The new Right at School program is another example of where the district is attempting to bring equitable solutions for our students and families. Most people are unaware that there had been tremendous inequity after-school care programs operating in our District. In our campuses, where a higher concentration of students participate in free- and reduced-meal programs, in many cases no affordable after-school solutions were offered these schools. Additionally, in these schools, there is an absence of parent groups who can raise sustainable funding to offset costs of after-school programs for families who otherwise would not be able to afford quality after-school care. I also understand that in other after-school care programs there were long wait lists and program inconsistencies. The district’s goal is to bring a systemic and equitable after-school care program for our students and families. I support this work.
There remains consistent inequity in our schools with strong parent groups (PTA, PSO, Boosters) where parents are able to raise considerable amounts of monies for their campuses, and our high needs schools who do not have the capacity to raise funds for their own campuses. I look forward to working alongside the district to continue to examine ways that we can help our schools have equitable access to such opportunities.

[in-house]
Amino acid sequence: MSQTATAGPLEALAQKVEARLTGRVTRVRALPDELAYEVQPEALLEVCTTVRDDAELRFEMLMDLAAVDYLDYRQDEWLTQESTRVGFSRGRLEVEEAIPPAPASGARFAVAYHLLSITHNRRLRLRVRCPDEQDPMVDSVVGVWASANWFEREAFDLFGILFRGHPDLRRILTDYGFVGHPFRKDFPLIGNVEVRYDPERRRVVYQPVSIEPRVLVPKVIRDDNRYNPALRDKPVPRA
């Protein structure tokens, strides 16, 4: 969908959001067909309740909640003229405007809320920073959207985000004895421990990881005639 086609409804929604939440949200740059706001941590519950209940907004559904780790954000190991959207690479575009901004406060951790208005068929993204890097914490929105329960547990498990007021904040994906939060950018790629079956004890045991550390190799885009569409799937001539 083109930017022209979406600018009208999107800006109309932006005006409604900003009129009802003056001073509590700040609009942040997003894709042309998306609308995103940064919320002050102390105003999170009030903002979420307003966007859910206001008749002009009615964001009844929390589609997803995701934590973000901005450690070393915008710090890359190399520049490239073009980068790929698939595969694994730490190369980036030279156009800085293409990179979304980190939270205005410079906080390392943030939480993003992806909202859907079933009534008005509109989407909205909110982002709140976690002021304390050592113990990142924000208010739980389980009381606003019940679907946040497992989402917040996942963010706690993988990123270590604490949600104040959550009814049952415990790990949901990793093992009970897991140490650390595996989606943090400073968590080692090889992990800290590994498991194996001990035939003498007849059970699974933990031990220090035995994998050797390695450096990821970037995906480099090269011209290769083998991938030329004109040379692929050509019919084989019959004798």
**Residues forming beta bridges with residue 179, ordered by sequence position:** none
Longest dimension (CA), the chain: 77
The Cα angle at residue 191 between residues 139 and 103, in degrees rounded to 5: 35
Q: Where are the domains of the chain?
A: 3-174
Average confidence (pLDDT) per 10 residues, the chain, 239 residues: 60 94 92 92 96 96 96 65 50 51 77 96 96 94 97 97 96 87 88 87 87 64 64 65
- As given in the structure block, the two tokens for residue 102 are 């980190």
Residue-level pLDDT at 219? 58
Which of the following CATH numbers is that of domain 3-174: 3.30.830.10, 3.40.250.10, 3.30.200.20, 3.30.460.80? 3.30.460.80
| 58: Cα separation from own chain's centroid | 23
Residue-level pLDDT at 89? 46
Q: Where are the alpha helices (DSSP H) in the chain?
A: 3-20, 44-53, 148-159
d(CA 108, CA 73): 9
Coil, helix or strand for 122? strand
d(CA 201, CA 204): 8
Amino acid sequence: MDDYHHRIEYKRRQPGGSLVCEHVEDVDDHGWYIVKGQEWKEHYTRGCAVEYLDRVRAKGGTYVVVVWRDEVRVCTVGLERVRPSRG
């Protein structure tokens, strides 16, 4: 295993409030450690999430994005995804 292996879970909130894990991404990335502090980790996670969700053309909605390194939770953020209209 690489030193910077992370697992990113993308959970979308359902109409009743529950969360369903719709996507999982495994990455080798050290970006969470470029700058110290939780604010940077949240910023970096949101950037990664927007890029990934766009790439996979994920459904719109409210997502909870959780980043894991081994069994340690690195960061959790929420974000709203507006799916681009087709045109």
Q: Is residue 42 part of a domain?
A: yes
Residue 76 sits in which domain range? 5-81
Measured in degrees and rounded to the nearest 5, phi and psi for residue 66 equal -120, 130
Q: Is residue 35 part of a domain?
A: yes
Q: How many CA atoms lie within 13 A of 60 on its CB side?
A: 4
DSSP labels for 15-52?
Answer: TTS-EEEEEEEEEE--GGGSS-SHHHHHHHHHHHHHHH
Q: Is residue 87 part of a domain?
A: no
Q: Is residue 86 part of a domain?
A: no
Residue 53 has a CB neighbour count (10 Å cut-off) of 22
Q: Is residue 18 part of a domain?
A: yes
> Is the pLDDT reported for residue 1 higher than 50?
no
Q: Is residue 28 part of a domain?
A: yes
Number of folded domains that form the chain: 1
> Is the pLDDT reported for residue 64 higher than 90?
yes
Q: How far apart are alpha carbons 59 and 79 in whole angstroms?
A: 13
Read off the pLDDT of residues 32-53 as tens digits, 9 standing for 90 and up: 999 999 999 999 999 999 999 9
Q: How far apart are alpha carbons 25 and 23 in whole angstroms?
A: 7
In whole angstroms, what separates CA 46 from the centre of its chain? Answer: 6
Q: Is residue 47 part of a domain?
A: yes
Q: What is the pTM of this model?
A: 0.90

Q: A 2017 Washington State Department of Children, Youth and Families study showed that the Edmonds School District is serving only 28 percent of students eligible for early childhood education assistance. What ideas do you have for expanding the District’s Early Childhood Education and Assistance Program to accommodate more students?
Auve: As a Lynnwood Rotarian, I’m well aware of how valuable and necessary early education is, and was supportive of Lynnwood Rotary’s funding of the district’s early learning programs at multiple locations all year long.
As a school board member, I would continue to advocate for finding collaborative ways to provide access to early learning programs regardless of income or other barriers.
Q: The District has received feedback from the community that it should have handled the staffing reductions due to budget cuts differently. What ideas do you have for helping to assure teachers’ job security in times of financial stress?
Auve: It’s a tough position to be in. I would like to know the underlying facts before commenting on what I would’ve done differently. We want to attract the best teachers for our district, but we can’t sacrifice our financial viability to achieve that goal.
Q: Anything else you’d like to add?
Auve: Thank you for the opportunity to share my views. I’m always willing to continue the conversation for those voters and families within the district interested in learning or discussing more.
Q: Where can readers go to learn more about your campaign? (website and other contact information if applicable)